Late last week, South Africa was harbouring hope of finding missing 18-year-old UCT student Uyinene Mrwetyana. She had disappeared on Saturday after leaving her residence in Claremont, Cape Town, to visit the post office. On Monday, all that hope, and the #BringNeneHome campaign that inspired it, disintegrated.
News broke that a 42-year-old man confessed to killing and raping Uyinene Mrwetyana in a post office in Claremont, on the same block as a police station.
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As the clock ticks over to 10pm on Monday evening, Twitter’s a spider’s web of hashtags highlighting the country’s history of violent crimes against women. They’re all dire. #RIPUyinene. #EnoughIsEnough. #SAShutdown.
But one stands out as the most appalling: #AmINext.
“The most stressful thing about #AmINext is that you could literally be next, it’s not just a #, it’s our sad reality and I’m fucken[sic] terrified,” wrote one woman, as the hashtag began trending across the country on Monday.
It might be another hashtag, but it also represents the horrific reality of daily life for millions of women living in South Africa.
The most stressful thing about #AmINext is that you could literally be next, it’s not just a # , it’s our sad reality and I’m fucken terrified
— Bathong Christina (@_Queen_Fifi) September 2, 2019
Using it in similar fashion to #MeToo in 2017, users recounted agonising experiences, expressed their hurt by “empty outrage”, and disappointment that nothing has changed in the last decade. South Africa remains one of the most dangerous places in the world for women.
“Being a woman in South Africa is a death sentence,” one user quotes.
Many feel the same way.
I can’t take uber.
I can’t go to campus.
I can’t be out late or too early.
I can’t be in a restaurant.
I can’t be in a public space.
I can’t be in a post office.
I can’t be at work.
I can’t be in a church.
I can’t be in my own home.
I can’t be in a park.
I can’t be in a club.
— SpuraMaluda (@sthebee) September 2, 2019
#UyineneMrwetyana is not a stranger.
She is me.
She is my sister.
She is my friend.
She is any of us.
We feel helpless and scared and tomorrow we are expected to move on and have this outrage another day when one of us goes missing. #AmINext ?
— Buhle Lupindo (@Hlehle_Lupindo) September 2, 2019
I’ve already had a gun held to my head by a man trying to force me to be his girlfriend when I was 12yrs old.
I’ve already been raped. By two men.
— Sihle Bolani (@MsSihleBolani) September 2, 2019
I'm even scared to leave my friend's place to where I'm staying because I don't know if I'll become the next victim. I don't feel safe walking alone in the streets alone
— Lora the Explora
(@Lora_Labarb) September 2, 2019
I'm so terrified
I'm a woman living in SA!!! #AmINext
— Siya Nonoise® (@CeeYaNonoise) September 2, 2019
Seeing the women of South Africa tweet #AmINext is absolutely distressing. What is going to be done to make our women feel safe again? Everything feels hopeless
— Annie Are You Okay
(@Annie_Kolatsis) September 2, 2019
I’m scared for myself!
I’m scared for my daughter!
I’m scared for my sisters!
I’m scared for my friends!#AmInext
— Dimpho (@Sibane_Sethu) September 2, 2019
Being a woman is a whole lot and I'm not even sure there are words to accurately describe what we go through, on the daily! #AmINext?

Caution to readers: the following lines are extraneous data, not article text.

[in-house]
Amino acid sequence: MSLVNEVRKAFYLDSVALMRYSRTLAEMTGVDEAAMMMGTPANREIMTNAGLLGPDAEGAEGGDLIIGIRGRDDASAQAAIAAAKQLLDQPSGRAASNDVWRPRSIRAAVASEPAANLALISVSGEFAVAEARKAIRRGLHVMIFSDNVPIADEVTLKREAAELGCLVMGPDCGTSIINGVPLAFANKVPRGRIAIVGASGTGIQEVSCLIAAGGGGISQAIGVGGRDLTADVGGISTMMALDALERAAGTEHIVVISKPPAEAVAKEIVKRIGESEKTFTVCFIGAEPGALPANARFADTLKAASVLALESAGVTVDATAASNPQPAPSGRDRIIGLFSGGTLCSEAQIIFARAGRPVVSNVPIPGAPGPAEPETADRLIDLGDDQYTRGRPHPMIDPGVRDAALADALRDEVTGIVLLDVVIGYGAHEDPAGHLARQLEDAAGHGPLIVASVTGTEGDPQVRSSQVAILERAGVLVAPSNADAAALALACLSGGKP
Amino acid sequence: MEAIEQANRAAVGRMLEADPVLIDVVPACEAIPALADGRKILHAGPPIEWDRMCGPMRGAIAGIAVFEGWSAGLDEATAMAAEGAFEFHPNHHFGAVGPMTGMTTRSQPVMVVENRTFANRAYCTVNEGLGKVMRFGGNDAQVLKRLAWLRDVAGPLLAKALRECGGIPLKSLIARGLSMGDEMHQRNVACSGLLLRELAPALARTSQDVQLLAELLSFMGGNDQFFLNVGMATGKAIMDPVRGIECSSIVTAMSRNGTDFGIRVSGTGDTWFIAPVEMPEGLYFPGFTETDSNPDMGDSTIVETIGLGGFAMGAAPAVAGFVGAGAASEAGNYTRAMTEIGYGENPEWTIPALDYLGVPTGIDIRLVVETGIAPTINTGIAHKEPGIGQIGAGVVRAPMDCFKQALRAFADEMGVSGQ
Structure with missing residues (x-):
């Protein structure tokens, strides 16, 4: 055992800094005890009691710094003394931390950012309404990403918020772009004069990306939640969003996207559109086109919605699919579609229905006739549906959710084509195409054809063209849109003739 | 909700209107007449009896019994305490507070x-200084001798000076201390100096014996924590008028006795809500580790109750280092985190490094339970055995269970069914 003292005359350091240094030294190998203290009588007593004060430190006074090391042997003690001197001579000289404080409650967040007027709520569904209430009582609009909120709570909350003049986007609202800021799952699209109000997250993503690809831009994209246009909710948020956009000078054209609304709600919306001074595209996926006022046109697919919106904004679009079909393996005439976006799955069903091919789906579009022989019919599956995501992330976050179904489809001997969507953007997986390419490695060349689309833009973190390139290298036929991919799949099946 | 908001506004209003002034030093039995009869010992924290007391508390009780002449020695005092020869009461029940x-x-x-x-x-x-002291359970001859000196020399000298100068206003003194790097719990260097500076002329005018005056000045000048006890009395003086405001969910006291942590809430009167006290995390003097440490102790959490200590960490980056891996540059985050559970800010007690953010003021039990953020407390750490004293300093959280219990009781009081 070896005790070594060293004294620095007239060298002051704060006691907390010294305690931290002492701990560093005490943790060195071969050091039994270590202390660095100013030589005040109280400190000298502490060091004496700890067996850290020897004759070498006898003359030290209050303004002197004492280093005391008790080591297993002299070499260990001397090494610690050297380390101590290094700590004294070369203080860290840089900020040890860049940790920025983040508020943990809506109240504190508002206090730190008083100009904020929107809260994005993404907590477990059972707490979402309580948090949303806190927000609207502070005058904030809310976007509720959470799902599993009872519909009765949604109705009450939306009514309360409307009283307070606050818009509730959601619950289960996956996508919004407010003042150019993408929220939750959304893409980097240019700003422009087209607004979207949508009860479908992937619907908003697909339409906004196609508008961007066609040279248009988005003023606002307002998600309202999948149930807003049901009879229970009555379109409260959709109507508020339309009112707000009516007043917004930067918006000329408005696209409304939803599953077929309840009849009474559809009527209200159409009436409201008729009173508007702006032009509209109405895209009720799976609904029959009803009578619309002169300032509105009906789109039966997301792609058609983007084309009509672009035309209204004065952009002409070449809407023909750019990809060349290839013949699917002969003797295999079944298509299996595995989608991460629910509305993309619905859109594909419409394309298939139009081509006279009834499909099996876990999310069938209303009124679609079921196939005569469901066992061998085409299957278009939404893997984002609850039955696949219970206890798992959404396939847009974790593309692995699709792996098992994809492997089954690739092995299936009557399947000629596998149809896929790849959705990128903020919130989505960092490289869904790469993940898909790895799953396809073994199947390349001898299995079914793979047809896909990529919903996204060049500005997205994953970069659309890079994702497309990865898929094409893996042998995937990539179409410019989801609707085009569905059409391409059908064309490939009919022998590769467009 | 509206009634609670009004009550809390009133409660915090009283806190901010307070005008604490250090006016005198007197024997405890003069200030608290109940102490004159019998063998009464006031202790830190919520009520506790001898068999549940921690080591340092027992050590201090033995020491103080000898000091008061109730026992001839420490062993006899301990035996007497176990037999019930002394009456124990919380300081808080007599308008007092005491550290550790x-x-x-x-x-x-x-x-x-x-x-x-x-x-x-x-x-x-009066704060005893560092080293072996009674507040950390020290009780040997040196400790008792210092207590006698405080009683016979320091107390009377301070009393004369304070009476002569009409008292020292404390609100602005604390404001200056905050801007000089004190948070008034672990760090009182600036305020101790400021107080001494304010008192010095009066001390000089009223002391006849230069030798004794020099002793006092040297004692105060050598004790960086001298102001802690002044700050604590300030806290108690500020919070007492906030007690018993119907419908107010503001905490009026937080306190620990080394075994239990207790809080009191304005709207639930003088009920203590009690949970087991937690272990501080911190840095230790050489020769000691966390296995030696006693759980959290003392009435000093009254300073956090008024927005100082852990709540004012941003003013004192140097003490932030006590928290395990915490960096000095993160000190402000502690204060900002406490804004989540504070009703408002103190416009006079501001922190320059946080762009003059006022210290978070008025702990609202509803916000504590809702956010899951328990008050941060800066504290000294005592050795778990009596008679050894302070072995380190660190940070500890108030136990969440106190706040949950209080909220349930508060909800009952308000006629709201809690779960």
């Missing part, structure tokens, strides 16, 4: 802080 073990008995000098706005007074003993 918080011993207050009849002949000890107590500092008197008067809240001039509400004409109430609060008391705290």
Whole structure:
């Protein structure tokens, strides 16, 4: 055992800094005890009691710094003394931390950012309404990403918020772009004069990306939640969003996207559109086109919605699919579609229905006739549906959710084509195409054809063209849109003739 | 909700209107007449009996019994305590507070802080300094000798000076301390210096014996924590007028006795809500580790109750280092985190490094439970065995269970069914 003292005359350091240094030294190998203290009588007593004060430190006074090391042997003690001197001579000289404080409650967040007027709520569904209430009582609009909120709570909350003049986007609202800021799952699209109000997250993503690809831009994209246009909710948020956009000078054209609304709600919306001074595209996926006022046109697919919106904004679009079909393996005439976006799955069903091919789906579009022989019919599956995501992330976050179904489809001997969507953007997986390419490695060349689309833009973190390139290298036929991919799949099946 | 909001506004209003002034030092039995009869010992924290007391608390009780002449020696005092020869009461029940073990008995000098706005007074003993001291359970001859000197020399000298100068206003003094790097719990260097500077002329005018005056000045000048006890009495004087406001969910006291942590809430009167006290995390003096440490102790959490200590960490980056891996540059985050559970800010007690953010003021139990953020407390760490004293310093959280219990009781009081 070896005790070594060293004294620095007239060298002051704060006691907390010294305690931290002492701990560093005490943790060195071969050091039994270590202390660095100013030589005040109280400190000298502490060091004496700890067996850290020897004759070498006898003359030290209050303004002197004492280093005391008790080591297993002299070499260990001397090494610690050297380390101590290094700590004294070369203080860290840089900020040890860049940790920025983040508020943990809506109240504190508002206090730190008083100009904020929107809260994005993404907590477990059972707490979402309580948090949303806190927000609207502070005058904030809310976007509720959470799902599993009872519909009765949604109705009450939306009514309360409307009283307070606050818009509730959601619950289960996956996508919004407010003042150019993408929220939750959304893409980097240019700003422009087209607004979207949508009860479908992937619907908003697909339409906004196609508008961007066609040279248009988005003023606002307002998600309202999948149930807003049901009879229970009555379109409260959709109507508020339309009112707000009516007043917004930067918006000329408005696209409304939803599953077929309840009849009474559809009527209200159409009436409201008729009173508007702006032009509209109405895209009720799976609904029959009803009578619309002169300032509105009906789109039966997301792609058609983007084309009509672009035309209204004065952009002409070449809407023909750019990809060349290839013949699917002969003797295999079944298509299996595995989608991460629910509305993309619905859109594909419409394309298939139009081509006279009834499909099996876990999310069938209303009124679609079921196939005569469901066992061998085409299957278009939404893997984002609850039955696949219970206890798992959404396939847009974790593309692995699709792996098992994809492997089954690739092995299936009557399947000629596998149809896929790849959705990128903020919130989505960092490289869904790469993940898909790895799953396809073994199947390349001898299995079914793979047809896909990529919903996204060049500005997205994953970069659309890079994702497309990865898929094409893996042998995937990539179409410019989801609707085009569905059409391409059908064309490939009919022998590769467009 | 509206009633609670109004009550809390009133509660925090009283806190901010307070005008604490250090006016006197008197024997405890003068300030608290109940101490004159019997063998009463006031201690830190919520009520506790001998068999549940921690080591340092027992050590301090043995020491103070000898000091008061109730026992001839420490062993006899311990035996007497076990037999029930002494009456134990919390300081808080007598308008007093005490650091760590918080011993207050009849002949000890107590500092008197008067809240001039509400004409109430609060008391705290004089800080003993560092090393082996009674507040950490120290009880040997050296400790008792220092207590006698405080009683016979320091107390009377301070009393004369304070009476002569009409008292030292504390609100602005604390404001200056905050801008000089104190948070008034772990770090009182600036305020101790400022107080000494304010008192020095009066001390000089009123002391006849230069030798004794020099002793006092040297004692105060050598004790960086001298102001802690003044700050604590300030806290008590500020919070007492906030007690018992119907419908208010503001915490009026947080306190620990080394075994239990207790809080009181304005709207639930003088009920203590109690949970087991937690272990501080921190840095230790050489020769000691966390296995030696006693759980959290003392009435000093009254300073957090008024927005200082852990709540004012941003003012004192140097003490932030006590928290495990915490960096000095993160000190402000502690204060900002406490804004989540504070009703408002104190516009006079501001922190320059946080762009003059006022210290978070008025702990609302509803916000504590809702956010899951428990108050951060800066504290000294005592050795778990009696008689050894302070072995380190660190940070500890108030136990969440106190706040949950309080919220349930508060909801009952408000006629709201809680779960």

— Gen (@gennahansen) September 2, 2019
"Being a woman in South Africa is a death sentence"#AmINext
— Barbie dreams (@barbie_tings) September 2, 2019
my heart is heavy.
i am scared.
i am not okay.#AmINext
(@berrrry24) September 2, 2019
— Masentle Monaheng
(@masentle_mo) September 2, 2019
Women & children kidnapped.
Women & children raped.
Women & children beaten.
Women & children killed.
Mr President @CyrilRamaphosa @PresidencyZA @GovernmentZA @SAPoliceService this is a crisis. We do not need PR responses, we need a serious plan backed by action.
— Hulisani Ravele (@HulisaniRavele) September 2, 2019
If you’re aimlessly scrolling through #NotAllMen tweets and wondering why women in South Africa feel this way:
In 2013, 17-year-old Anene Booysen was gang raped and disembowelled in Bredasdorp, Western Cape. She was still alive when she was found but died later in hospital six hours later.
In 2017, users took to Twitter in hopes of finding Karabo Mokoena, a 22-year-old who went missing in Johannesburg. Her body was found burned. Her ex-boyfriend was later convicted of murder.
Earlier on Monday, a Grade R girl was kidnapped from her school in Vanderbijlpark, Gauteng. The kidnappers are now requesting a ransom of R2-million in exchange for the girl.
A day earlier, 14-year-old Janika Mallo was found dead, lying face down in her grandmother’s backyard. Her skull was struck by a “concrete block”. The gruesome report by IOL suggested that she may have also been raped.
There are so many more stories of suffering.
Twitter users on Monday took the opportunity to highlight other missing persons across South Africa, using the trending hashtags.
— Gabriel Tjabadi (@Gabriel_Tjabadi) September 2, 2019
— nicolamazibuko (@nikitahmazibuko) September 2, 2019
A number of protests are reportedly planned across South Africa this week, part of the #SAShutdown campaign gaining momentum on Twitter and Facebook.
Hashtags are powerful forces online. Issues in South Africa, in particular the #ZumaMustFall and #FeesMustFall campaigns, are just two examples of how they’ve fuelled and fundamentally transformed activism in the real world.
But #AmINext is more than just text on a screen or the beginnings of another protest movement.
It’s a distressing, foreboding cloud of fear that hangs over women in this country every day. It’s a conversation that has to be followed by tangible action. It should earmark the beginning of this 25-year-old country’s attempt to fix itself.
“Am I next” is a question that no woman should ever have to ask.
Feature image: Memeburn